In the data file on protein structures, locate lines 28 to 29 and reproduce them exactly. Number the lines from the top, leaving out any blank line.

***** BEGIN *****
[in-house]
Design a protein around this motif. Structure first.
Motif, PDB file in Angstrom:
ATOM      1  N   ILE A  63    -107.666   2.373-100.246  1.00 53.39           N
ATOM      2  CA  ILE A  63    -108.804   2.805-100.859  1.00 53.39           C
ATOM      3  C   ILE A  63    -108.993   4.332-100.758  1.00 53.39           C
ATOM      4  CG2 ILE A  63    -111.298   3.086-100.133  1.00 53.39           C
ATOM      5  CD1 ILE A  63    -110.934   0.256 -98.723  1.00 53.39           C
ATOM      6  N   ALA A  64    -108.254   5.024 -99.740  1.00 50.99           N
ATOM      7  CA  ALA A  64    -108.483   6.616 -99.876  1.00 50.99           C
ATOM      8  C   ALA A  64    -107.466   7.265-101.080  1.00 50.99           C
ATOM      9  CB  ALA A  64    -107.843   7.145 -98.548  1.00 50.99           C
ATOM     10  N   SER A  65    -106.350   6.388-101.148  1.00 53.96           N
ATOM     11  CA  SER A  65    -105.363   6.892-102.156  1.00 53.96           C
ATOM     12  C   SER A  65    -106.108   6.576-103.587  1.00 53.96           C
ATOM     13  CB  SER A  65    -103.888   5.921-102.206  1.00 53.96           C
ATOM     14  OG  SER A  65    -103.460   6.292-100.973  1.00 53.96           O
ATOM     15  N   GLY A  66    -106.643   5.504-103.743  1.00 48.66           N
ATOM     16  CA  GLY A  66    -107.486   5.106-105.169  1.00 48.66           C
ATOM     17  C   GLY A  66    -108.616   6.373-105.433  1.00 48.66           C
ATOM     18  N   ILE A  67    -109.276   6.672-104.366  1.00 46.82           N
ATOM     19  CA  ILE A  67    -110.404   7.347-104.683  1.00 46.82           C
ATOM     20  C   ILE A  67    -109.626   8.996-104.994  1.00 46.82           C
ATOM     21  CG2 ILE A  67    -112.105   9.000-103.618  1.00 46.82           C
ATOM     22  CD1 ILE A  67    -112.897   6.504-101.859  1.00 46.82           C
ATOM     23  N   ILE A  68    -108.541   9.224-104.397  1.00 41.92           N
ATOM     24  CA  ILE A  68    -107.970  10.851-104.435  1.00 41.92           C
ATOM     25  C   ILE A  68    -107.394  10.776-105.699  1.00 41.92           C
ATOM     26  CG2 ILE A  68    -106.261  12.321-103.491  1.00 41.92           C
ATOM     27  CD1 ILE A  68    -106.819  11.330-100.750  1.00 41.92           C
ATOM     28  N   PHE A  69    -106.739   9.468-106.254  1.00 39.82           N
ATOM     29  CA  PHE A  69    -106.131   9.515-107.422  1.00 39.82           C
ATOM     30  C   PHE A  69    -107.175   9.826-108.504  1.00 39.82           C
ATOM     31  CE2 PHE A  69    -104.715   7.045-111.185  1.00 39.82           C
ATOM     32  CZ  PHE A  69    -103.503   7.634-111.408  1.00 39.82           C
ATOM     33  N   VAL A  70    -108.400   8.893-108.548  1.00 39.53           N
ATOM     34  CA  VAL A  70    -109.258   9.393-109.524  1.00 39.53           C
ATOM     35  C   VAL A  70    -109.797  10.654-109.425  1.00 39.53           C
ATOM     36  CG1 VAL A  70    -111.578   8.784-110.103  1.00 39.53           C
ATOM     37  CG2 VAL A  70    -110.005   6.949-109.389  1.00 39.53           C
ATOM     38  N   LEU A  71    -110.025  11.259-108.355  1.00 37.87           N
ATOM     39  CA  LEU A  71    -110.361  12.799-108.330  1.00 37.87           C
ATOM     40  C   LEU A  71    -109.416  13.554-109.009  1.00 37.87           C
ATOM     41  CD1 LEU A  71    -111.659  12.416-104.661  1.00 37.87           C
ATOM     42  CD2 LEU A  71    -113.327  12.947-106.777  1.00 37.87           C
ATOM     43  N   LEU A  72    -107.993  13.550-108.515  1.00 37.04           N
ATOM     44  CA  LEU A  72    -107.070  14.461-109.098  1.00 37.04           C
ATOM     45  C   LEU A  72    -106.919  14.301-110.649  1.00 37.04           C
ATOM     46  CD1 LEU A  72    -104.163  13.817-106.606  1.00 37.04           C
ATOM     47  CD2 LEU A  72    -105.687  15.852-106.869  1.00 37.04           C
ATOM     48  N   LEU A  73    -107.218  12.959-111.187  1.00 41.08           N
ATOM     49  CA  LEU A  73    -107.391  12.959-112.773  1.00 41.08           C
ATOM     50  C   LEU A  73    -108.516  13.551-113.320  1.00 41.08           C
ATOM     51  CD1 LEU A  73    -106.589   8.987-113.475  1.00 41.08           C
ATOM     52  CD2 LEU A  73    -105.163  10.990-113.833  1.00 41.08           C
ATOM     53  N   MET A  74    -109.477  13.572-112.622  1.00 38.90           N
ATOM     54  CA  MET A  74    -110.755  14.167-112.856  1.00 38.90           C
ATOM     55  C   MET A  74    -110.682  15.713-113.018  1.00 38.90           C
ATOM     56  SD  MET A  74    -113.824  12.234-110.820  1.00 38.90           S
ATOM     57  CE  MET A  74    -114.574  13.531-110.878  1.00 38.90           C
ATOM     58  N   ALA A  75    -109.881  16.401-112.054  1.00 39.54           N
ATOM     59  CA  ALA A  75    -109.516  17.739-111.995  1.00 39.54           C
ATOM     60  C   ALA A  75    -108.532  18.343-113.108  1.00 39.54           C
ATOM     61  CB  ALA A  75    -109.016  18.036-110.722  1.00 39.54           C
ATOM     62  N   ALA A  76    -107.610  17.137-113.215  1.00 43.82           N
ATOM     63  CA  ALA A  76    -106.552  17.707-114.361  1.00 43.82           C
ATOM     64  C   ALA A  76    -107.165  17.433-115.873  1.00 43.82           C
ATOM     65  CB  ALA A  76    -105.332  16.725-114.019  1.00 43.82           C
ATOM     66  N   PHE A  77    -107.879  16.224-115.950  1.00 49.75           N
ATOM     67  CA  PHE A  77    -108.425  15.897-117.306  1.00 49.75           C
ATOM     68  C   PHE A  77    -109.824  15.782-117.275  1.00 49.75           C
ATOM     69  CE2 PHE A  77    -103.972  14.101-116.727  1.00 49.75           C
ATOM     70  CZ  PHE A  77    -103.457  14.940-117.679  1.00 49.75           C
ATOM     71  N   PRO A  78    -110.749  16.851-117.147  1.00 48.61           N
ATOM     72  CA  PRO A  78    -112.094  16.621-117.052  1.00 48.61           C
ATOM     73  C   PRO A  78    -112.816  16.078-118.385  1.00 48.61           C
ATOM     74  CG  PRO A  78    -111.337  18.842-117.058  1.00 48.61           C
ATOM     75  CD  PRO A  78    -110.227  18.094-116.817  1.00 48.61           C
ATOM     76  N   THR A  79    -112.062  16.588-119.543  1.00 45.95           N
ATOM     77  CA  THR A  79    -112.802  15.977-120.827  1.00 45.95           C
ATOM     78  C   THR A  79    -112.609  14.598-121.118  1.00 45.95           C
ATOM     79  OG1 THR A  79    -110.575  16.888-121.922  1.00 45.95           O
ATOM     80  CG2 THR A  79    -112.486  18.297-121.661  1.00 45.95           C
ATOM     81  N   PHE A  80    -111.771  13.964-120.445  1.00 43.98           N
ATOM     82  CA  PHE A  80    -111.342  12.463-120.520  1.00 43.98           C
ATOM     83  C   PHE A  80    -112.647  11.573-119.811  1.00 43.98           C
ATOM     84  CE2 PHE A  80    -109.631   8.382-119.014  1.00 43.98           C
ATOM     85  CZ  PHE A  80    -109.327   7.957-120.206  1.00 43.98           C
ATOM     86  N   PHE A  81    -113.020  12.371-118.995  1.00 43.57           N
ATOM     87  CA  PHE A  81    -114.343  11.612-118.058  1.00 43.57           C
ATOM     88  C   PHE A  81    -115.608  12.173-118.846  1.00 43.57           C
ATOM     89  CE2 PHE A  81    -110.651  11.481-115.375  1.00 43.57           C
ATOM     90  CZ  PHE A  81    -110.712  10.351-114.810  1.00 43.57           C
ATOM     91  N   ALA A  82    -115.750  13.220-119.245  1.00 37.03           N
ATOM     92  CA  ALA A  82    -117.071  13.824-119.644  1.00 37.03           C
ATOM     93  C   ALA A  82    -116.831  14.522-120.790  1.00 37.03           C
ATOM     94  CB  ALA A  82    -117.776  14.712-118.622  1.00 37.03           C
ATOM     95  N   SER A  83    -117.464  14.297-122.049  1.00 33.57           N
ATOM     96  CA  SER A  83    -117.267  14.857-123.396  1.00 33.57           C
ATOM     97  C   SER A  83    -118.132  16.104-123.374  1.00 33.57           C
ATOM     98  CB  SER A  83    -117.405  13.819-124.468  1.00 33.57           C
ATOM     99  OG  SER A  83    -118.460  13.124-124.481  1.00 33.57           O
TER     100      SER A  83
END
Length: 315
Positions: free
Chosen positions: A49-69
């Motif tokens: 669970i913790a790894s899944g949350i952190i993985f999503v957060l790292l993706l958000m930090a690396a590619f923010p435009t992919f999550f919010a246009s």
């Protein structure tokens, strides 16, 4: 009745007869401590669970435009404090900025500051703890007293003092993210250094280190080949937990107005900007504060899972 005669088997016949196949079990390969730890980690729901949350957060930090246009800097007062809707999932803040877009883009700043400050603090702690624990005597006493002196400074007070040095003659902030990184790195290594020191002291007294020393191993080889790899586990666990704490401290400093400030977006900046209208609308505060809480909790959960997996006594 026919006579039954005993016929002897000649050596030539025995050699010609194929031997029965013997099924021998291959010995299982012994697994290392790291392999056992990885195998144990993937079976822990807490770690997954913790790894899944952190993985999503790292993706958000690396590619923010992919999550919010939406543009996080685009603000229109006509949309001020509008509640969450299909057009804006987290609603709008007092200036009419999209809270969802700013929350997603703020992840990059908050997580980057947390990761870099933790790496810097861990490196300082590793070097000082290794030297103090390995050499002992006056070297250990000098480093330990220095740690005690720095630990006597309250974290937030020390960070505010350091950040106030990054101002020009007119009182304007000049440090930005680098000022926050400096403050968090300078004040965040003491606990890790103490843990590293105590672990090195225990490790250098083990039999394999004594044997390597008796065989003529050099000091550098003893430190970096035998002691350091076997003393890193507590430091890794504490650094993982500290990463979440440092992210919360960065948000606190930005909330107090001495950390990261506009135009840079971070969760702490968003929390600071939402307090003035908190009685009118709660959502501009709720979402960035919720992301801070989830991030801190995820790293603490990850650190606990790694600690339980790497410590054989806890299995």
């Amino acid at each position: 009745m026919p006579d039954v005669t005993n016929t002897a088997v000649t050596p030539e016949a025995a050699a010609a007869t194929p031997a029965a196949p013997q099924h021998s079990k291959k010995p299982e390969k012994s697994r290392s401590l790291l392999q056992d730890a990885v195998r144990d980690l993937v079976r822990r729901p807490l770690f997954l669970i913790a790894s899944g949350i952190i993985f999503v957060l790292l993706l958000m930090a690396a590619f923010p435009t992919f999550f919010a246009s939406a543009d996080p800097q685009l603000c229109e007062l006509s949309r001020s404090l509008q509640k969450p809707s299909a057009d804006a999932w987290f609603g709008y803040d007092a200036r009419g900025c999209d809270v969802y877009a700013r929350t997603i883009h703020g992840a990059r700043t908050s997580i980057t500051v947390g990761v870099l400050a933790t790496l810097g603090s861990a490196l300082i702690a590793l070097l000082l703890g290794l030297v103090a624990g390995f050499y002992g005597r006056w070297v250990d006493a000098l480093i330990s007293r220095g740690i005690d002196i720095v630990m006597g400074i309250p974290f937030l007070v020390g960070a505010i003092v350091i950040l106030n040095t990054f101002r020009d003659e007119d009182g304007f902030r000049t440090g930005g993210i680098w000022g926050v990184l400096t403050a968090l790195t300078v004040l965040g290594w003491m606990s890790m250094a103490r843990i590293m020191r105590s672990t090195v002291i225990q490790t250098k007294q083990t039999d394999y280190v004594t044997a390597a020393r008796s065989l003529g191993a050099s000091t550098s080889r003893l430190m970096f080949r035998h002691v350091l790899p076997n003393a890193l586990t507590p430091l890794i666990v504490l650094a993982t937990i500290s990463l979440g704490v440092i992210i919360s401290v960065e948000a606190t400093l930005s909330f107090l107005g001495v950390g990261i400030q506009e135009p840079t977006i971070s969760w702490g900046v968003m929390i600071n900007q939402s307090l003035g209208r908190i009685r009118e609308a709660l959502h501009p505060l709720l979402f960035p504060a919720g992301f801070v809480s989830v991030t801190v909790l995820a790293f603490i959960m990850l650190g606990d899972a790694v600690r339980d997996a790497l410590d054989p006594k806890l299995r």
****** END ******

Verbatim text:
ATOM     25  C   ILE A  68    -107.394  10.776-105.699  1.00 41.92           C
ATOM     26  CG2 ILE A  68    -106.261  12.321-103.491  1.00 41.92           C